House of Representatives Holds Hearing on Corporal Punishment in Public Schools

For Immediate Release

Contact: 

Claire O'Brien, (202) 675-2312; media@dcaclu.org

House of Representatives Holds Hearing on Corporal Punishment in Public Schools

Congress Should Ban Physical Discipline in Schools, Says ACLU

WASHINGTON - The
House Education and Labor Subcommittee on Healthy Families and
Communities held a hearing today examining the role of corporal
punishment in public schools and its effect on student achievement. The
American Civil Liberties Union strongly opposes the use of physical
discipline in public schools and, in conjunction with Human Rights
Watch, submitted a statement to the subcommittee urging Congress to
prohibit corporal punishment in public schools. Linda Pee, the mother of
a student who was severely paddled in a public school despite her
explicit objection, testified at the hearing. Pee's story is featured in
A Violent Education: Corporal Punishment of Children in U.S. Public
Schools
, a report by the ACLU and Human Rights Watch.
 

Corporal
punishment is a legal form of school discipline in 20 states, with
African-American students and students with disabilities
disproportionately subjected to physical discipline. There is currently
no federal ban on the use of corporal punishment against students in
public schools, despite evidence that the practice hinders achievement
in the classroom.
 

"Corporal
punishment in public schools is simply unacceptable. It harms students
physically and psychologically and stands in the way of academic
success, especially for African-American students and students with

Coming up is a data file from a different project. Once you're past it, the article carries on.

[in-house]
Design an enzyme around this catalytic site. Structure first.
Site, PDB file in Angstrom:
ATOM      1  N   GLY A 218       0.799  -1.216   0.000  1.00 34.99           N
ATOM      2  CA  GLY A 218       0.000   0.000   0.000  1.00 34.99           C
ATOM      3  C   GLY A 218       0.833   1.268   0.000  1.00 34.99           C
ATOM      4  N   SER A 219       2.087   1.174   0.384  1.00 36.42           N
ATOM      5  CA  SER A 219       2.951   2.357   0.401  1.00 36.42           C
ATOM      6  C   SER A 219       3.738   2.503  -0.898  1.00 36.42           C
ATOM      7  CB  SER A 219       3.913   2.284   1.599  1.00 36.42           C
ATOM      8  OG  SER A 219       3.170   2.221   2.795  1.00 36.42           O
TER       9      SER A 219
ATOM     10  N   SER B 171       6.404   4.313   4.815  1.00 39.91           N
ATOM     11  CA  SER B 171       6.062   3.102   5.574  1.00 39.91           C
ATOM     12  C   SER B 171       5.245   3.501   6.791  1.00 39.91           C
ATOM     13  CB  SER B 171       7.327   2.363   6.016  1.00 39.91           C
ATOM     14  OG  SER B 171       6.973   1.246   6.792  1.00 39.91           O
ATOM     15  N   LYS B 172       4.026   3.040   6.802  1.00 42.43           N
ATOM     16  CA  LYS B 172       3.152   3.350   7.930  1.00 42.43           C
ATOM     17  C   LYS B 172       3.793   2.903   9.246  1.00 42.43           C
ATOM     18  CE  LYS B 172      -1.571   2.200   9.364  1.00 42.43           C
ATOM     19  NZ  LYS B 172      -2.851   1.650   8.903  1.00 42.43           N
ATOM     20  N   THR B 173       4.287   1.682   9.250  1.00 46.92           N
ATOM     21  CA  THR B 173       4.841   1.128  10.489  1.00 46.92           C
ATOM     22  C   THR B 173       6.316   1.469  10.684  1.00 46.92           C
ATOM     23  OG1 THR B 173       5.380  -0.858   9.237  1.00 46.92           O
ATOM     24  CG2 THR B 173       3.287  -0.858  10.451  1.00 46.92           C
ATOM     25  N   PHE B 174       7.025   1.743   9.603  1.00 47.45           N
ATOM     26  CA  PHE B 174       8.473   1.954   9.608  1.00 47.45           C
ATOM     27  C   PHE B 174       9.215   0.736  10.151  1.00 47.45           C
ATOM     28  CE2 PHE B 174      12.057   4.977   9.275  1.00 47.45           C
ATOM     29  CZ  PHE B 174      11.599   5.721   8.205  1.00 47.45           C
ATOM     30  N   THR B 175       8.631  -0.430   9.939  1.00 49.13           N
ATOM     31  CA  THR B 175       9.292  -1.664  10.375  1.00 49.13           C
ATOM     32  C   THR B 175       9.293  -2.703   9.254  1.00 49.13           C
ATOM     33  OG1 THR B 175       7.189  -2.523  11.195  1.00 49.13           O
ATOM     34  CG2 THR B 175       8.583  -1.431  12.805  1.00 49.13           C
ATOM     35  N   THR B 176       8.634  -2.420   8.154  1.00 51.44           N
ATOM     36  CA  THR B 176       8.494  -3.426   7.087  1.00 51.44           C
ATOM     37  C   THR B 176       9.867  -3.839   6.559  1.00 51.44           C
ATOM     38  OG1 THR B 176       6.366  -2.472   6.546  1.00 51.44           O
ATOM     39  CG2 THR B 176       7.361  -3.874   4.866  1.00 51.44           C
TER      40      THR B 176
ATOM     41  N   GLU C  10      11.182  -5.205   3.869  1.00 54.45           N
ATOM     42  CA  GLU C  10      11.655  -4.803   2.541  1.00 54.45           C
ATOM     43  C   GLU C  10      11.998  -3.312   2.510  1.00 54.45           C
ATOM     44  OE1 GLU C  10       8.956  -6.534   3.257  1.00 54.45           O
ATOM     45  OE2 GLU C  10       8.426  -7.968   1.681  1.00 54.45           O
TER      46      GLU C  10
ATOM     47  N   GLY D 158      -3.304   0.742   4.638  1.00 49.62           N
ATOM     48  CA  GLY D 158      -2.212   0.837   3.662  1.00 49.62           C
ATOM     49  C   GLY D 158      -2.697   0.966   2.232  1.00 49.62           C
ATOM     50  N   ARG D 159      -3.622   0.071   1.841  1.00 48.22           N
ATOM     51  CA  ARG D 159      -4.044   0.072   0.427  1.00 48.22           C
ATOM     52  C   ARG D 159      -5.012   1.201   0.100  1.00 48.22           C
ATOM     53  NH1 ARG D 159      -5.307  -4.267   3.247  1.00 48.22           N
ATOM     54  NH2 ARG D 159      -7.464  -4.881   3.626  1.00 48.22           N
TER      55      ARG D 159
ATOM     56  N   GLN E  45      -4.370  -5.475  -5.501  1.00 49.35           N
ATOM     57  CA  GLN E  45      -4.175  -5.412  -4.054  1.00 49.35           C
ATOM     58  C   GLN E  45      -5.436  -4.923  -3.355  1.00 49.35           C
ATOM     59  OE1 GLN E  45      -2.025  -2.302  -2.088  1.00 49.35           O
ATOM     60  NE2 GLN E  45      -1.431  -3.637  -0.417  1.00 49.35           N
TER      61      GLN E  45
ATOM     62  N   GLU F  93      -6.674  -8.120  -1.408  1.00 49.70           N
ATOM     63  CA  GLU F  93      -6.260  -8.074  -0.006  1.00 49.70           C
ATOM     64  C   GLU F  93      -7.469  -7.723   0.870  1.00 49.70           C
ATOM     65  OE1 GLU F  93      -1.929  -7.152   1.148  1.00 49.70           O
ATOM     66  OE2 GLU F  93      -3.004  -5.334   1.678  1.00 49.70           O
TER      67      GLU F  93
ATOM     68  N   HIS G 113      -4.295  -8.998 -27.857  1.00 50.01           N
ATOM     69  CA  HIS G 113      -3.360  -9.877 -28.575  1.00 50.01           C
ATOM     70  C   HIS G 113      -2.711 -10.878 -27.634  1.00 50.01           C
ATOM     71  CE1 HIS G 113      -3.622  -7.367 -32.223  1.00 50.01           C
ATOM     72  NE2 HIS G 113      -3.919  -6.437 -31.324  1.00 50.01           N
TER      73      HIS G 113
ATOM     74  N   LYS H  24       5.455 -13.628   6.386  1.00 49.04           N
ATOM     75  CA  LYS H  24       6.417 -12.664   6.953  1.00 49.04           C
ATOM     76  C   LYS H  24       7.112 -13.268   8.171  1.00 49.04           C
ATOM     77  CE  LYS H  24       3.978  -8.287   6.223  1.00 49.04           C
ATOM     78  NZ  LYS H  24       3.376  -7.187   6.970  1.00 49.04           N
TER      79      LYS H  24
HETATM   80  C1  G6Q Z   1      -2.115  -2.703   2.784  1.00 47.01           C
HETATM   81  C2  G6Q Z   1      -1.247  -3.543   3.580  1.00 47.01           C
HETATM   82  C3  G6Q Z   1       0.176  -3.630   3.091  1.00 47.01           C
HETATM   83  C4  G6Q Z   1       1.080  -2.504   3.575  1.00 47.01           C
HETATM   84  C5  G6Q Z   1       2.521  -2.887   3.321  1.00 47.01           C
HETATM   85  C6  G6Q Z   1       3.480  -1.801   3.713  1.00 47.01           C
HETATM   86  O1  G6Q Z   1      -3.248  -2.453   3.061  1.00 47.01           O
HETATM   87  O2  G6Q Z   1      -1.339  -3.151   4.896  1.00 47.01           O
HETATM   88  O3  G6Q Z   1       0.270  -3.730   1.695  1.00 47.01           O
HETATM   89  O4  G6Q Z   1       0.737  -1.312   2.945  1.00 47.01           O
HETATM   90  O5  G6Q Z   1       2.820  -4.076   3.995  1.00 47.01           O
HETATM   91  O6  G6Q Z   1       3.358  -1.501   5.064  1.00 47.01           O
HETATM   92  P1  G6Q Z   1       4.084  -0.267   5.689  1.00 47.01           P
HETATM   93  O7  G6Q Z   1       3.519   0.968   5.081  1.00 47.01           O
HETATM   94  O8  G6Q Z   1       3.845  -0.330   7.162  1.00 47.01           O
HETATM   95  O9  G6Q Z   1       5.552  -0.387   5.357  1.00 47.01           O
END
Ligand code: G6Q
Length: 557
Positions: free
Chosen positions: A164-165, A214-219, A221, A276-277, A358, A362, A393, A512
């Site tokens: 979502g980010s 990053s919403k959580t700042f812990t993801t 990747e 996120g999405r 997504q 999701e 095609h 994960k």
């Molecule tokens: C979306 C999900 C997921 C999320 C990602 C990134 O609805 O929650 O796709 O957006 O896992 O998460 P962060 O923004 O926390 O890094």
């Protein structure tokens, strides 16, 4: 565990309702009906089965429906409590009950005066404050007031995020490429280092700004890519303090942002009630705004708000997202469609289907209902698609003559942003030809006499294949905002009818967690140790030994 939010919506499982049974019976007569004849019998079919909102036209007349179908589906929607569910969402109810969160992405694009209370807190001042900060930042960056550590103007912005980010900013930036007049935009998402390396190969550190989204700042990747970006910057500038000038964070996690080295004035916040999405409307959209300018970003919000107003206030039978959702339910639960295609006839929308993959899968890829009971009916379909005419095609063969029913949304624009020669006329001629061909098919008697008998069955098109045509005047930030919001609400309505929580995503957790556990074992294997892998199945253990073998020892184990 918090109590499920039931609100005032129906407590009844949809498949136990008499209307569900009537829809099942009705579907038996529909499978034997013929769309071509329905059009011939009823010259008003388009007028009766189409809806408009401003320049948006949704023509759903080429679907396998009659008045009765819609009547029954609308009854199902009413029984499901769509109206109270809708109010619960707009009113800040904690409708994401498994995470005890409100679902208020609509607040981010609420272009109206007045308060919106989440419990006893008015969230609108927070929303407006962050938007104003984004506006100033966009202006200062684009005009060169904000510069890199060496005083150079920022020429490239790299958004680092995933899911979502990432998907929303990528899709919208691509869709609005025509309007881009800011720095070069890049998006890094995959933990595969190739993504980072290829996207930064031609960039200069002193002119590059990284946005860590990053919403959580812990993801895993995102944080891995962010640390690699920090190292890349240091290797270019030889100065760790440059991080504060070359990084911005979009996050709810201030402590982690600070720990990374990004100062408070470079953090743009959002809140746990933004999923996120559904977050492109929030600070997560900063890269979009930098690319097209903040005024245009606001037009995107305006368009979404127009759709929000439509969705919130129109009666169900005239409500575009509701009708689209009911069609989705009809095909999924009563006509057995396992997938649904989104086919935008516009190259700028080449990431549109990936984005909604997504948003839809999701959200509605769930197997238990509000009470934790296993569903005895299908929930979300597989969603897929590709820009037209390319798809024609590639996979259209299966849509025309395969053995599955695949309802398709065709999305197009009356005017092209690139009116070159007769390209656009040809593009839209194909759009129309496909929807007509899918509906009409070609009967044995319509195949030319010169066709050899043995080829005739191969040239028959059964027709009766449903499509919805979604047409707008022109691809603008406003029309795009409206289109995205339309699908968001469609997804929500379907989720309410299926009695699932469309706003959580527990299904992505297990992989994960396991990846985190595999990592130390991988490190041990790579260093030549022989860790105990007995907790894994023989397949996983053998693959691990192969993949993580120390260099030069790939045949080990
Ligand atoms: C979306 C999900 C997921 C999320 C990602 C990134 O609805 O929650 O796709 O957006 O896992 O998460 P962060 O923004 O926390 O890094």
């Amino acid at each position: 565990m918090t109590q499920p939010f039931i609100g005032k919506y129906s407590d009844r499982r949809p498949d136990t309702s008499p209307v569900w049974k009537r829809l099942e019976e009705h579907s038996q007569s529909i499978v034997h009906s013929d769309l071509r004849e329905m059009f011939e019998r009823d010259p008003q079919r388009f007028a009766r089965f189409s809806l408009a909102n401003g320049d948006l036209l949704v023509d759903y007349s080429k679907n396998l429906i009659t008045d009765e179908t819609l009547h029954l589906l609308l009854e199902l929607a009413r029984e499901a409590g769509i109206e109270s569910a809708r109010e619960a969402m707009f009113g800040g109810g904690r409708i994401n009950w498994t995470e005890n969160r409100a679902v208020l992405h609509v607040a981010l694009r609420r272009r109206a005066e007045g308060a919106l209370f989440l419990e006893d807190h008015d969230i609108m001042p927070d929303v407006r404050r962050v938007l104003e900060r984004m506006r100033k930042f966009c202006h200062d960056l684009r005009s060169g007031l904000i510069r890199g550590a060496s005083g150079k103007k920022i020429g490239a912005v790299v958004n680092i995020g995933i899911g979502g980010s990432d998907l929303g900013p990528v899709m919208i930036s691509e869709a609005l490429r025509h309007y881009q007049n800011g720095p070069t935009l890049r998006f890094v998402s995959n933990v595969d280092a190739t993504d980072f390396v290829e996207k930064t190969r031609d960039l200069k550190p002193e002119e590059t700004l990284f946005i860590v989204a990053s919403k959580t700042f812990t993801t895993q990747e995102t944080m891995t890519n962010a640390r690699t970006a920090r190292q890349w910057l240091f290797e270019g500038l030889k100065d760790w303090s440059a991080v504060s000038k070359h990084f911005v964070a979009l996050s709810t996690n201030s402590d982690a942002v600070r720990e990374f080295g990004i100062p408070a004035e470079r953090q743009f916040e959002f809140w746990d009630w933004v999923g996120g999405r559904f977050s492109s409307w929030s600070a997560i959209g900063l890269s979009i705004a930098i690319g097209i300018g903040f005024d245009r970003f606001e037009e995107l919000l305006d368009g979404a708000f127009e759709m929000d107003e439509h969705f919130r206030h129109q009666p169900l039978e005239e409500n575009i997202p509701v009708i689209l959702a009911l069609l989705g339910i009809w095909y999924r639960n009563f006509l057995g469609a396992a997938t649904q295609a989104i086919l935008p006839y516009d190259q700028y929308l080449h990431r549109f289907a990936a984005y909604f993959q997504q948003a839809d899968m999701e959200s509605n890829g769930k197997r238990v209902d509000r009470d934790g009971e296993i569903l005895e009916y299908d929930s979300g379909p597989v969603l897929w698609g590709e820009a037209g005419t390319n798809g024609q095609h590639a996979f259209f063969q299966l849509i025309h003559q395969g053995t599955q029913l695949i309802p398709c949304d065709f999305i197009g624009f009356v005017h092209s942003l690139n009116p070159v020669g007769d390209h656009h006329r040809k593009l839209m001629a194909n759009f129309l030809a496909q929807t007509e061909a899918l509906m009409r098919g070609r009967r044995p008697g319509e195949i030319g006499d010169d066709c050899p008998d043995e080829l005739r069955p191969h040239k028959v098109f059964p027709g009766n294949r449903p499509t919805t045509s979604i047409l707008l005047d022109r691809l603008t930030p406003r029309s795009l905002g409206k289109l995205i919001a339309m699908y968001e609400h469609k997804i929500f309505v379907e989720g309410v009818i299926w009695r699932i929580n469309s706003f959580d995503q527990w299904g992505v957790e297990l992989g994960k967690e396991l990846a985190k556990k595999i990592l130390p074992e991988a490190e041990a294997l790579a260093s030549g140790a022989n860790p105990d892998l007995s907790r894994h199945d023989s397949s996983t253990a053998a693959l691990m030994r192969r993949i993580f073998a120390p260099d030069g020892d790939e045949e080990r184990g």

disabilities," said Laura W. Murphy, Director of the ACLU Washington
Legislative Office. "Congress must ban this arcane form of discipline in
all public schools so that children can learn in safety and without
fear."
 

The
ACLU commends Chairperson Rep. Carolyn McCarthy (D-NY) and the
subcommittee for examining an issue which impacts the lives of millions
of children and parents, and urges the introduction of federal
legislation banning corporal punishment in all public schools. In
addition, the ACLU urges Congress to assist schools in finding
alternatives to harsh disciplinary methods by passing the Positive
Behavior for Safe and Effective Schools Act (H.R. 2597). This bill would
enable schools to use federal funds to implement positive behavior
supports (PBS), an evidence-based approach proven to reduce discipline
referrals, support improved academic outcomes and improve school
safety. 
 

"Hitting
children in schools is a destructive form of discipline that is
ineffective in producing educational environments in which students can
thrive. It is stunning to think children in some states receive greater
protections in detention facilities than they do in their public
schools," said Deborah J. Vagins, ACLU Legislative Counsel. "By
abandoning ineffective and brutal discipline, and by adopting positive
behavior supports, schools can provide opportunities for all students to
achieve academic success in a supportive, safe environment."

 
The
statement submitted by the ACLU and Human Rights Watch for the hearing
is available at:

www.aclu.org/racial-justice/acluhrw-statement-corporal-punishment-public-schools-healthy-families-and-communities

 
Linda
Pee's written testimony submitted for the hearing is available at:

www.aclu.org/racial-justice/testimony-linda-pee-corporal-punishment-public-schools-healthy-families-and-communiti
 

A
Violent Education: Corporal Punishment of Children in U.S. Public
Schools, a report by the ACLU and Human Rights Watch, is available at:

www.aclu.org/human-rights-racial-justice/violent-education-corporal-punishment-children-us-public-schools

 

Impairing
Education: Corporal Punishment of Students with Disabilities in US
Public Schools, a report by the ACLU and Human Rights Watch, is
available at:

www.aclu.org/human-rights/impairing-education-corporal-punishment-students-disabilities-us-public-schools
 
 

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The American Civil Liberties Union (ACLU) conserves America's original civic values working in courts, legislatures and communities to defend and preserve the individual rights and liberties guaranteed to every person in the United States by the Constitution and the Bill of Rights.

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